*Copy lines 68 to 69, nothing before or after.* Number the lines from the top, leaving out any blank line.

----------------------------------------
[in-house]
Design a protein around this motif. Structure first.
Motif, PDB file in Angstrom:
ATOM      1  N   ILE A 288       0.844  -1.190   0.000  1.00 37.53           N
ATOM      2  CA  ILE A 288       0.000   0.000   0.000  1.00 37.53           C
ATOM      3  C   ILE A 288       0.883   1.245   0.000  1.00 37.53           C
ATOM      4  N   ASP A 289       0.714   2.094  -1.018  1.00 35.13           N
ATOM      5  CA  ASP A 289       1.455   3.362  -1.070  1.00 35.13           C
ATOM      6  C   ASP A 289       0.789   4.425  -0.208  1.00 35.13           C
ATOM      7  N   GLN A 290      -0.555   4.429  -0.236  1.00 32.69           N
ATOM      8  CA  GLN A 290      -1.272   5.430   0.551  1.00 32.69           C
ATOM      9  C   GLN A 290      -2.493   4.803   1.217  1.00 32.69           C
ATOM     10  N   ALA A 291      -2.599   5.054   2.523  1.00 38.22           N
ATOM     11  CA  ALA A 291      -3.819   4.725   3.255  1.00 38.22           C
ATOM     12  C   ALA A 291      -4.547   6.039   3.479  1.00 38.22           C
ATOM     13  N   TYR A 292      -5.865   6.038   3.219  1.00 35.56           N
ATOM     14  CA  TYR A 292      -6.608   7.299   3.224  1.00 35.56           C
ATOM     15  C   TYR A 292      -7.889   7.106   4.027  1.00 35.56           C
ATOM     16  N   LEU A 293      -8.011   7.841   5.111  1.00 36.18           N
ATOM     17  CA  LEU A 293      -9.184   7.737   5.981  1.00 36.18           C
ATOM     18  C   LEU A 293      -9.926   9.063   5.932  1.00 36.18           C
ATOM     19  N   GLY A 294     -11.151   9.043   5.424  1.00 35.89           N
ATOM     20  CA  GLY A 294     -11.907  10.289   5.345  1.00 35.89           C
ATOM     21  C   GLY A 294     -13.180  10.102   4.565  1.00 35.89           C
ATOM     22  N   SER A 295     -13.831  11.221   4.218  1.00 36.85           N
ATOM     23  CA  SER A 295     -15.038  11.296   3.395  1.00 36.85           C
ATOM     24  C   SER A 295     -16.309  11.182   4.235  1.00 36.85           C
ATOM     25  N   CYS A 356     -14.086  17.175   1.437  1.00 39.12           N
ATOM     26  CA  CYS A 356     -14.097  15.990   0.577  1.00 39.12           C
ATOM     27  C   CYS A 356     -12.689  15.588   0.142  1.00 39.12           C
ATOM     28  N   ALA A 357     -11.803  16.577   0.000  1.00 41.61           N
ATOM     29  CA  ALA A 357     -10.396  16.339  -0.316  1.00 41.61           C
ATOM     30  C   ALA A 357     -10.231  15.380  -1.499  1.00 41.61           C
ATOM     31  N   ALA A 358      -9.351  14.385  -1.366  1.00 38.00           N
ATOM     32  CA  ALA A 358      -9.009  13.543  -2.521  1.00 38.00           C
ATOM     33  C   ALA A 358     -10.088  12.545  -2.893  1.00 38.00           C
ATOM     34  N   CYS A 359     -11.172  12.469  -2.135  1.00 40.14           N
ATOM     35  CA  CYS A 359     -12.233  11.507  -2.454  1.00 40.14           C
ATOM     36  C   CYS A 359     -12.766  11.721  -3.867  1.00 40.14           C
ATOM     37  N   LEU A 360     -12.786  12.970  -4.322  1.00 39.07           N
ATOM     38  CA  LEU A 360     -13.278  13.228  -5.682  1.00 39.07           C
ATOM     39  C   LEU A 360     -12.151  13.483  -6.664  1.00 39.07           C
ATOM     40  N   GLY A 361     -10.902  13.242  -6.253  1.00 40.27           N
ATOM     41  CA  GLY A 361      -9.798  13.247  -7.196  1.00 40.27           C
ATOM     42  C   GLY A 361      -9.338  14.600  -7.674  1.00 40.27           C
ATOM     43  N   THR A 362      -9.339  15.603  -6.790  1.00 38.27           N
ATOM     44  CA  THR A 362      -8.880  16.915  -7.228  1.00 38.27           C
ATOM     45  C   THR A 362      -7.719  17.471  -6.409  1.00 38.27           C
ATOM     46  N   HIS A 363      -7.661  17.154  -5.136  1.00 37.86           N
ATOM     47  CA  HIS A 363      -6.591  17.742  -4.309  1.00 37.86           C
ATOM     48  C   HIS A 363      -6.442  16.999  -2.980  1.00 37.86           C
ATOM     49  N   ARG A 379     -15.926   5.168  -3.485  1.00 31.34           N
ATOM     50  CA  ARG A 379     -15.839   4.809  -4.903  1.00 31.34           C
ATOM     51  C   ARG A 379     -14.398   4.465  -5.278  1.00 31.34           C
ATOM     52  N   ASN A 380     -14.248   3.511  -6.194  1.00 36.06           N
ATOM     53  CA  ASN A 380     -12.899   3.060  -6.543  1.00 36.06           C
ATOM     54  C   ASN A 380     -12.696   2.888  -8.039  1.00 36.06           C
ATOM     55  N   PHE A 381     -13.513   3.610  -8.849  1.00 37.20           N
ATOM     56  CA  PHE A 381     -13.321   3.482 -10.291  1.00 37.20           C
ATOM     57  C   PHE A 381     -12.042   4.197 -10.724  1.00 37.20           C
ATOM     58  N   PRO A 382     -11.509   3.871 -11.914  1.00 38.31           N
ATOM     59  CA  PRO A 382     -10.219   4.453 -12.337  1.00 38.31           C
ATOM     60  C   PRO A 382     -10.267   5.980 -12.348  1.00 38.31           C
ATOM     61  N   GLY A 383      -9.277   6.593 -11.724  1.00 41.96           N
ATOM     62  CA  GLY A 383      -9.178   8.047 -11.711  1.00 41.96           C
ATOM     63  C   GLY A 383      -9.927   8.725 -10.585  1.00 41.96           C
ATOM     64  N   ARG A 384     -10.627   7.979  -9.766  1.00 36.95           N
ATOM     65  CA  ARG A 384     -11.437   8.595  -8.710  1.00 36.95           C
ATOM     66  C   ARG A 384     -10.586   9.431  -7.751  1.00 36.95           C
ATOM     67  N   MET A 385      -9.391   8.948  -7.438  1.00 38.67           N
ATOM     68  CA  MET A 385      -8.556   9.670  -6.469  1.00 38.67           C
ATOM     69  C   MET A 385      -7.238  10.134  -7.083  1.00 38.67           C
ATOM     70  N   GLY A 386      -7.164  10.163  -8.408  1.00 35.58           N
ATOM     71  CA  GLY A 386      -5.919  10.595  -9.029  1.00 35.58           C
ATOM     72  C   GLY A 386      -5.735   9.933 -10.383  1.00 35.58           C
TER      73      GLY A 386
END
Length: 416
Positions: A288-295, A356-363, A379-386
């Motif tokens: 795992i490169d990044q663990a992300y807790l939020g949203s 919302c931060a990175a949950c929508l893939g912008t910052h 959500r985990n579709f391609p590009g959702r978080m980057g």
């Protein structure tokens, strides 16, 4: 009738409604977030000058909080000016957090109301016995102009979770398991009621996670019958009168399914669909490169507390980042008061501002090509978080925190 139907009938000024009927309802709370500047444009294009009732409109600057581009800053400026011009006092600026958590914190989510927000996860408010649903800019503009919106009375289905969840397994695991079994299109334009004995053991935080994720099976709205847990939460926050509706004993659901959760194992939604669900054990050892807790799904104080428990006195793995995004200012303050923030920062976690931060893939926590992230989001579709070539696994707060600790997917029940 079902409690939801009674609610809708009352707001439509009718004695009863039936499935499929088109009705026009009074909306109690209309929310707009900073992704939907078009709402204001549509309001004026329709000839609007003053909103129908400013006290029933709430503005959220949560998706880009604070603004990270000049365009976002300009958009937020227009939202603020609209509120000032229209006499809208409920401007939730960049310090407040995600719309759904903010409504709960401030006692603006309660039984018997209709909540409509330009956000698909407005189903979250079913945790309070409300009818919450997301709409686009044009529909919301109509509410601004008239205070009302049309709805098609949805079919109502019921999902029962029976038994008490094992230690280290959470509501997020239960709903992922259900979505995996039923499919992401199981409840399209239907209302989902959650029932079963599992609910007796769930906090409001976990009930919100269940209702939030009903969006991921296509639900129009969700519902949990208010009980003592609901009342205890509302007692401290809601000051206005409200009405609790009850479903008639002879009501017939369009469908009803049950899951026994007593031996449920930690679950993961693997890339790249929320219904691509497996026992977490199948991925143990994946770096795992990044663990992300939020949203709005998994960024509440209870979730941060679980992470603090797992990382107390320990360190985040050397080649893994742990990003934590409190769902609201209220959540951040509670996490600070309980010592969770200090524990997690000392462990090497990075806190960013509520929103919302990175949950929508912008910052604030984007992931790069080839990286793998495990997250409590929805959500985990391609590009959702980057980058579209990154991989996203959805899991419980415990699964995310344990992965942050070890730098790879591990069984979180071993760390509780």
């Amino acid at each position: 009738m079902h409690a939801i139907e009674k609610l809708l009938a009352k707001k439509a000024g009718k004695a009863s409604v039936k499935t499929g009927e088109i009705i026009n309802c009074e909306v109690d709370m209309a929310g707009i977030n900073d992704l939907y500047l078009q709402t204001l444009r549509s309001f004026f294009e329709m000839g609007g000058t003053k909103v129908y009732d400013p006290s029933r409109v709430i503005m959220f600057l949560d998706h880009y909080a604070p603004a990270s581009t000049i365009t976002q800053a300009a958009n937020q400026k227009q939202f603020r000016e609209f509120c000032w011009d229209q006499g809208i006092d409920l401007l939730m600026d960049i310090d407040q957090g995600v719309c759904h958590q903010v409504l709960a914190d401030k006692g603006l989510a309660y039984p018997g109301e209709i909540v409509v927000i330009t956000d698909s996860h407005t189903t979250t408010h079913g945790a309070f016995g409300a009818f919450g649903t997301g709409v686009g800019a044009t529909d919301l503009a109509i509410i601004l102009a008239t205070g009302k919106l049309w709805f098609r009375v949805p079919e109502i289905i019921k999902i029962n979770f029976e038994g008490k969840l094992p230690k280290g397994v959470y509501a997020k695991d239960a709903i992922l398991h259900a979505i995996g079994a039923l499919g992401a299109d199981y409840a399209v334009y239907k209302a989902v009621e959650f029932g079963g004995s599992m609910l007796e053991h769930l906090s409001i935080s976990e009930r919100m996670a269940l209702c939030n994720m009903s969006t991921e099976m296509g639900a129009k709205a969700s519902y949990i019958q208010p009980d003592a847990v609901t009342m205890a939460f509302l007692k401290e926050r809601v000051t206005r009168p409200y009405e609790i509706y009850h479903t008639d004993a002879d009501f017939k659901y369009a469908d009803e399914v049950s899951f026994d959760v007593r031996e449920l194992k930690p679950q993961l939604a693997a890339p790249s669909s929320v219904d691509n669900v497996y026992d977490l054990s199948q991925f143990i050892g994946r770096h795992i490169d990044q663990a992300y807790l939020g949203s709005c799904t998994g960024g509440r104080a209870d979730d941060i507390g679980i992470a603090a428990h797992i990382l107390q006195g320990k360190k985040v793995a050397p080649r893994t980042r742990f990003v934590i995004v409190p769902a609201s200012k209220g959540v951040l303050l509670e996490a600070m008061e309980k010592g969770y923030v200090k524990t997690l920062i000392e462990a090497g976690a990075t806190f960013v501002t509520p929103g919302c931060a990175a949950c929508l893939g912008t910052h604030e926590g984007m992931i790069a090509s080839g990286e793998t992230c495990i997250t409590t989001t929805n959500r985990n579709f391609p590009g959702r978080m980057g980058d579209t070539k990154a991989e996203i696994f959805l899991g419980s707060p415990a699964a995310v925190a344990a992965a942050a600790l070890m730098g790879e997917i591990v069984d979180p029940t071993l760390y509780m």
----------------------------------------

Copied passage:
ATOM     65  CA  ARG A 384     -11.437   8.595  -8.710  1.00 36.95           C
ATOM     66  C   ARG A 384     -10.586   9.431  -7.751  1.00 36.95           C